September 12, 2002—Ground Zero Plus 365
Tomb Or Garden Of Vigilance?

Cliff McKenzie
   Editor, New York City Combat Correspondent News

       GROUND ZERO, New York City, September 12-- Last night I put my hands over the Eternal Flame of Vigilance and let the heat of its passion for peace warm my belief in the Sentinels of Vigilance.

      Just minutes before, ninety members of the United Nations stood on the platform in Battery Park as Mayor Bloomberg lit the flame, an eternal memory to those who died in the September 11 Terrorist attack.
      While thousands stood across the street, craning to see what was happening, my wife I were privileged to be with the families, in a private yet unqualified signal of global unification against Terrorism.

       The Eternal Flame was lit next to the wounded sphere that survived the World Trade Center attack.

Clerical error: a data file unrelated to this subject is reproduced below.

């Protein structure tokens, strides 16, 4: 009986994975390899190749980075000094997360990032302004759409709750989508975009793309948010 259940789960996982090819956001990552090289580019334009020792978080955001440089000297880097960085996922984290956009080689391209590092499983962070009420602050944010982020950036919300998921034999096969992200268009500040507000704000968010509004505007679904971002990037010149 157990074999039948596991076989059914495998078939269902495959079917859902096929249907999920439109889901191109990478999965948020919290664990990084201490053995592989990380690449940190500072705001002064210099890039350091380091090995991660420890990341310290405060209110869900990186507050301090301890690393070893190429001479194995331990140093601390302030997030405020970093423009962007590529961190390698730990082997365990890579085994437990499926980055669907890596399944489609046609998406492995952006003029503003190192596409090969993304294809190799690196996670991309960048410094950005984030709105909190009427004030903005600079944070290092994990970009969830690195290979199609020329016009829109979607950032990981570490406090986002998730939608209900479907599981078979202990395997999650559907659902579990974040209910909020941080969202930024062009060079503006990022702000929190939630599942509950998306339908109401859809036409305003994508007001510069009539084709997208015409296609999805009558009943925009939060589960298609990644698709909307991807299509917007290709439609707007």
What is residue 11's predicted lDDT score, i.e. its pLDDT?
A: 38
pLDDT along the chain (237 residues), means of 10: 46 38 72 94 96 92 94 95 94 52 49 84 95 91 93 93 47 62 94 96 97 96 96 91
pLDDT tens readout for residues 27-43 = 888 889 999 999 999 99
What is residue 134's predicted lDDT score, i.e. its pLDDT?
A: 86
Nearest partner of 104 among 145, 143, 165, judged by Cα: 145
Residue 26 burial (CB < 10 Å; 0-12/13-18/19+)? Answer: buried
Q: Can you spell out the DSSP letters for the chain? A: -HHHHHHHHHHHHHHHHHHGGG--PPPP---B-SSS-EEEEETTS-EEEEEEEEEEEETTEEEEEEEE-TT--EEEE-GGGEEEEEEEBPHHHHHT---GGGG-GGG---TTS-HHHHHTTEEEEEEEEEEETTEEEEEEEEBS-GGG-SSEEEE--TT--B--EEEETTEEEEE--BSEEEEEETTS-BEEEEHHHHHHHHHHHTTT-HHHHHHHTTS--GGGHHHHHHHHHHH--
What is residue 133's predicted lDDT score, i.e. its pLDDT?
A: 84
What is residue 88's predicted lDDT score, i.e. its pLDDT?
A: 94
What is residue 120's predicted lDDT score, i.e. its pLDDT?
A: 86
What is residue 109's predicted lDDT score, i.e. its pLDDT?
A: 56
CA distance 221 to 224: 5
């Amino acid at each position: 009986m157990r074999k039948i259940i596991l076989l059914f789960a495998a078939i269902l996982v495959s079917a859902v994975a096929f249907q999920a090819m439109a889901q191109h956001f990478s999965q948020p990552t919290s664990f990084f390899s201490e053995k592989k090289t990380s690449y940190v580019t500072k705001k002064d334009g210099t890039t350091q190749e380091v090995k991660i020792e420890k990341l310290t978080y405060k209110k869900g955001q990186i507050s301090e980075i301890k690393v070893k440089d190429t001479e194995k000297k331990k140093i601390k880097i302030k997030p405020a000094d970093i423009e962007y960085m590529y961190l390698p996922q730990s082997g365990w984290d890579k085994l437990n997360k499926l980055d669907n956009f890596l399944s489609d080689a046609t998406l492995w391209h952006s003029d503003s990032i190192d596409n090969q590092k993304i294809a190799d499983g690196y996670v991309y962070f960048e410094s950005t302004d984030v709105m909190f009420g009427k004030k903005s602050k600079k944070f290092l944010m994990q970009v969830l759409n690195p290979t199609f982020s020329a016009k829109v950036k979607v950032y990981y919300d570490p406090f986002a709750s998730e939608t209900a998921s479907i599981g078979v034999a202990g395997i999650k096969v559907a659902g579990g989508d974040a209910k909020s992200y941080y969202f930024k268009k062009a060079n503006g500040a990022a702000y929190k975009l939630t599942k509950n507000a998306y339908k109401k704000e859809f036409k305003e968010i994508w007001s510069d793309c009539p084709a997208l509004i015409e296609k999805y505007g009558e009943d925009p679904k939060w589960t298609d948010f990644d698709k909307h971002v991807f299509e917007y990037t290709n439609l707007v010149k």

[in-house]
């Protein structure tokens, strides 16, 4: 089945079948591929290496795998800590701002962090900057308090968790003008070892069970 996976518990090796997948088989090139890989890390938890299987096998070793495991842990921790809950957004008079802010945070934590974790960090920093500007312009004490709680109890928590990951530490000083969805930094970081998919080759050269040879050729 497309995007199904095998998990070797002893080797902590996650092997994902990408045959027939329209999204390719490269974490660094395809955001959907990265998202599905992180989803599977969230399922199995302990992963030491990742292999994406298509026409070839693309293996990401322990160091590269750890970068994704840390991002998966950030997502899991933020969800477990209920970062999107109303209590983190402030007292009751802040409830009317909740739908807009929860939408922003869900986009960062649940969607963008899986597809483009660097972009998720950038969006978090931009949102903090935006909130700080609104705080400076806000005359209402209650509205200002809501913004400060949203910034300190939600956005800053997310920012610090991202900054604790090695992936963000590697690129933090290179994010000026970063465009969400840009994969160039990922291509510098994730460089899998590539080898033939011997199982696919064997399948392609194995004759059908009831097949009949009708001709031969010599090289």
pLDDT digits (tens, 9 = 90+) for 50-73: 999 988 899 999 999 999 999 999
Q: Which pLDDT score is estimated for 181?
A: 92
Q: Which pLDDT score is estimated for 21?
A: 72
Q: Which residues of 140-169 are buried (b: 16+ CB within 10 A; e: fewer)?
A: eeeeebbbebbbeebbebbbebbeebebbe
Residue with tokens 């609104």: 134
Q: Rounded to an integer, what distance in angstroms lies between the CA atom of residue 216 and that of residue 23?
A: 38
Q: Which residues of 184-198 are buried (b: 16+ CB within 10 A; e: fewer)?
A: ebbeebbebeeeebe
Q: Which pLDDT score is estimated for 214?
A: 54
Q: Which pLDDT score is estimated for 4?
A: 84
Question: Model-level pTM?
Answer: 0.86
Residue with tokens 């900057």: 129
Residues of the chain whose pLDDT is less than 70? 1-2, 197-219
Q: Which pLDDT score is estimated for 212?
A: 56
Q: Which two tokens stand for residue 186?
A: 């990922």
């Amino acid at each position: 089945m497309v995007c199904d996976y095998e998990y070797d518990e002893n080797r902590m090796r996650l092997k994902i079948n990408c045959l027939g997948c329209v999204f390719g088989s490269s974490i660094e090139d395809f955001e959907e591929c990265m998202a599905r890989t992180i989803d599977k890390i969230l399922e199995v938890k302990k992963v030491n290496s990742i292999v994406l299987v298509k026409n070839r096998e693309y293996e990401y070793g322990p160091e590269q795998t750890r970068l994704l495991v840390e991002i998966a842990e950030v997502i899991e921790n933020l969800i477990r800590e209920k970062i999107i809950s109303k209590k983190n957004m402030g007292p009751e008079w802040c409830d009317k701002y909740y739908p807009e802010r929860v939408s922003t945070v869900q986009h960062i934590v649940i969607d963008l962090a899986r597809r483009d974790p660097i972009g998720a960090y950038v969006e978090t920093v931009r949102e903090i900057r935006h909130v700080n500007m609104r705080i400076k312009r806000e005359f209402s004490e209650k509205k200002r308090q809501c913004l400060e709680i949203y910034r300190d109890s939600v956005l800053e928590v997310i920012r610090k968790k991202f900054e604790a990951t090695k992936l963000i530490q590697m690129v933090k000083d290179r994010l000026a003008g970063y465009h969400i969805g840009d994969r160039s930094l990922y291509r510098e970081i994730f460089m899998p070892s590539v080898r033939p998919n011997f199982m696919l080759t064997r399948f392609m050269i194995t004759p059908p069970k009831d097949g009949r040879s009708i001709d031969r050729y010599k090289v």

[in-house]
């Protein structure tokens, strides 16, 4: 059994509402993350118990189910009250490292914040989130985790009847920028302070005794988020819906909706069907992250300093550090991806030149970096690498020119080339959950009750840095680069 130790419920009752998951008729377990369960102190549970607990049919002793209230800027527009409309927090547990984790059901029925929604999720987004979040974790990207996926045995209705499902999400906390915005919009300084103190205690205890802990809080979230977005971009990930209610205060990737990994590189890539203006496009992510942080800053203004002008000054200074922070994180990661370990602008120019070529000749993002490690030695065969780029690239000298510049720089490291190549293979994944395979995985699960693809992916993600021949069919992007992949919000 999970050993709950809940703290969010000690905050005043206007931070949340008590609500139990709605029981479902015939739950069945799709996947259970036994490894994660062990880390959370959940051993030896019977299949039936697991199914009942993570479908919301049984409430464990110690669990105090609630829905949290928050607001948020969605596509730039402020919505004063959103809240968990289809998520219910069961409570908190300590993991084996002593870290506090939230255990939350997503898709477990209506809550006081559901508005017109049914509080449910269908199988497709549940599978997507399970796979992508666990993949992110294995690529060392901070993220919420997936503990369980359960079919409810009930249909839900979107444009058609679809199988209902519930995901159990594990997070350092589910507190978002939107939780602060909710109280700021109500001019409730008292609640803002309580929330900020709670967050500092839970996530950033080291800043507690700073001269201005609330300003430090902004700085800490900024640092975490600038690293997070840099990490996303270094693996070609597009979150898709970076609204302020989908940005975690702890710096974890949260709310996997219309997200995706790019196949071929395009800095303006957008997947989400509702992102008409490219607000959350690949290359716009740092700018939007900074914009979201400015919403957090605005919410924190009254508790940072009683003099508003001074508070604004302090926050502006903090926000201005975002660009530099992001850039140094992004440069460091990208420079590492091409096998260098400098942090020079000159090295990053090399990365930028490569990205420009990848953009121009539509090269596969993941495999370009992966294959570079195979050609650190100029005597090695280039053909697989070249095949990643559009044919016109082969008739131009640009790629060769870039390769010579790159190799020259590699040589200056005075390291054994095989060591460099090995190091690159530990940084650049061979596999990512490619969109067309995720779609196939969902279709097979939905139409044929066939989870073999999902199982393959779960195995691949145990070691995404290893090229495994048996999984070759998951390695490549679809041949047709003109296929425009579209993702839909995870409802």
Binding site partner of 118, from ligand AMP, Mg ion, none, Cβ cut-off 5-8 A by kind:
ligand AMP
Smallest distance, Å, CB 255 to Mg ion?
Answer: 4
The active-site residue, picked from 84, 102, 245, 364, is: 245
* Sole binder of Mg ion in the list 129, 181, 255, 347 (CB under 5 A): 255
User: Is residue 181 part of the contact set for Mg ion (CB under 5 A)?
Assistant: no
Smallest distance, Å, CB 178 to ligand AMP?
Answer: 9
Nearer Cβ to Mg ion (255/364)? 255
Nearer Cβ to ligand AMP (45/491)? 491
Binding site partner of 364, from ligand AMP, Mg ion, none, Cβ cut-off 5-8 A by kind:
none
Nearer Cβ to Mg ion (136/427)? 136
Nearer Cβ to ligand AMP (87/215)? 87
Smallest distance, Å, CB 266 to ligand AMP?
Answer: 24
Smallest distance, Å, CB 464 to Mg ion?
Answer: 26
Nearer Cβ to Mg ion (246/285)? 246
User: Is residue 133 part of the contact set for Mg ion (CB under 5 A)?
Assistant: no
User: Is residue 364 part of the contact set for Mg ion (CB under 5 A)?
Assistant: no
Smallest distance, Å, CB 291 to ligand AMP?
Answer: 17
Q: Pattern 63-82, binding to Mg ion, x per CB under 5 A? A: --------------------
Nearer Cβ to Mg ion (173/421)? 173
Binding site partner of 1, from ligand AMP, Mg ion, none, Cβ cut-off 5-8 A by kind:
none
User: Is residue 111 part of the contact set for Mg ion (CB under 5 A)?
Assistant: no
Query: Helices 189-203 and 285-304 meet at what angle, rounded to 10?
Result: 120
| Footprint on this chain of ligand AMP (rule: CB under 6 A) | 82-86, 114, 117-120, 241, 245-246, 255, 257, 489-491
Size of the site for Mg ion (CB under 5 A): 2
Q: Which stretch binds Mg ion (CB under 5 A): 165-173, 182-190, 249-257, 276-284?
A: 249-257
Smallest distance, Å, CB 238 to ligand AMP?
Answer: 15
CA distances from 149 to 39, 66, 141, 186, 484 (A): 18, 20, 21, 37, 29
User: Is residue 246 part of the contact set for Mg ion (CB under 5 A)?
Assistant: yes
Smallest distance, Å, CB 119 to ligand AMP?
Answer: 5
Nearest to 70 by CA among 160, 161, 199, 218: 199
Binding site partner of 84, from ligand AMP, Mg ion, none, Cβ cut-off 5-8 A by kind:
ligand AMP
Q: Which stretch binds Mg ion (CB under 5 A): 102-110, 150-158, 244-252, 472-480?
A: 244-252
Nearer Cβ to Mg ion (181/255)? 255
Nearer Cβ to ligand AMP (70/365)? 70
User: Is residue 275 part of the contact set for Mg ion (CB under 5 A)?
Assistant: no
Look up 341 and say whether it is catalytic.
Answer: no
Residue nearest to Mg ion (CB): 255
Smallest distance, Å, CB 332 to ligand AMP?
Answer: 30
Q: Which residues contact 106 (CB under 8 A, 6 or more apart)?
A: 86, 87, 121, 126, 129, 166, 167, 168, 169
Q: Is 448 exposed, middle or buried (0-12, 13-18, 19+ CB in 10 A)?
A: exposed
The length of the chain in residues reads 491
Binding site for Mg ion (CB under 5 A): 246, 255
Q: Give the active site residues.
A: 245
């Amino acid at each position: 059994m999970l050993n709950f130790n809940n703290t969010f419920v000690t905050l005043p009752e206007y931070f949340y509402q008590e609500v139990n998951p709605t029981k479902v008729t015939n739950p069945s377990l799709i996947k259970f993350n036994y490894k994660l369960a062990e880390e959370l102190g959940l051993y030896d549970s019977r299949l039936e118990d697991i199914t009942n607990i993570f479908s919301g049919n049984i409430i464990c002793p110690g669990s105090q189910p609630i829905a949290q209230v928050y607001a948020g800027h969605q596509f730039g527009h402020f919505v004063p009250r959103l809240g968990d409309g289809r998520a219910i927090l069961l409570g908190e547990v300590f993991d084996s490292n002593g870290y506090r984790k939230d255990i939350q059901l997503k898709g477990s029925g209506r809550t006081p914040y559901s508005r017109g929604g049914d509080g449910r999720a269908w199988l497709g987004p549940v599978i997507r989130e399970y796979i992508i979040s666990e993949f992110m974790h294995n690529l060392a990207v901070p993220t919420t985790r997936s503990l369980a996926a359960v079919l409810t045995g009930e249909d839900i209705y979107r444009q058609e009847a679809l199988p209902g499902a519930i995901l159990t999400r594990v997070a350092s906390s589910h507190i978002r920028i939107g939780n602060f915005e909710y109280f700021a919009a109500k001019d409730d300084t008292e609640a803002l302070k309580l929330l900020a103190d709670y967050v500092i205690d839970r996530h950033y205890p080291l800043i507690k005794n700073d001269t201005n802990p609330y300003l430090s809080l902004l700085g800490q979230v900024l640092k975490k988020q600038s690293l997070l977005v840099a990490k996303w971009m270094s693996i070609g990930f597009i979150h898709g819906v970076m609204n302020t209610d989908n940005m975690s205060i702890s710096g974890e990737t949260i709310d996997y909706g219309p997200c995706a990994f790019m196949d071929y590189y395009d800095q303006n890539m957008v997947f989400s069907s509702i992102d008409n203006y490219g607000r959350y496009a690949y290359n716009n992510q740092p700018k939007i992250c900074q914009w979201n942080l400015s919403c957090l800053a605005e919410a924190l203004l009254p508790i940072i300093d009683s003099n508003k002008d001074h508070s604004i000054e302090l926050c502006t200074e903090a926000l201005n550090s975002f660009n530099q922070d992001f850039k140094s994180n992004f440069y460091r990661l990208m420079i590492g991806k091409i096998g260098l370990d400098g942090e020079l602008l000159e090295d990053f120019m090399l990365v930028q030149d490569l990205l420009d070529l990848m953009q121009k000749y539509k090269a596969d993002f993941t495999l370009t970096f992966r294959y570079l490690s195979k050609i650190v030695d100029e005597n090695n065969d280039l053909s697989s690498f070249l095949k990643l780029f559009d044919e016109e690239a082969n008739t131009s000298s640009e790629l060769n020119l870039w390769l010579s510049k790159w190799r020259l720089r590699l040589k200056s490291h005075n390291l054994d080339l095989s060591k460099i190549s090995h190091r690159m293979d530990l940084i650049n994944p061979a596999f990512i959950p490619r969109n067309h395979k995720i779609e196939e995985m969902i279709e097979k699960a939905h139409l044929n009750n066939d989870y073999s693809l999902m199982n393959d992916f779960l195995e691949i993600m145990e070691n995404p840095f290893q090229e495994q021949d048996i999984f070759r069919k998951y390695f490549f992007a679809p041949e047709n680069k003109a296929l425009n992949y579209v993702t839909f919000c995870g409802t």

The 'Sphere',  weighing 45,000 pounds of steel and bronze, 25 feet high, was sculpted by Franz Koenig as a symbol of peace in 1971.  It  stood in the WTC Plaza for 30 years. 

          Even the Terrorist attack couldn't destroy it.   Scarred, wounded, it survived.  Koenig's sphere was put in Battery Park after September 11--the first monument to the enduring nature of Peace over War, of Vigilance over Terrorism.
           The sphere was a fitting backdrop to the 90 members of the United Nations who participated.   Standing before us was the most powerful body of world government, assembled to pay tribute to America's loss, and by default, to issue a message to Terrorists around the world that unity would defeat them.

       The procession was led by Secretary of State Colin Powell; it was book ended with the Secretary General of the United Nations.   The U.N. members stood like a choir, on tiers in front of the Eternal Flame while "God Bless America" was sung.  
      It was a beautiful end to a long day that started at 3:45 a.m. when the alarm rang, reminding me a year before I had been at the epicenter of a new wave of history.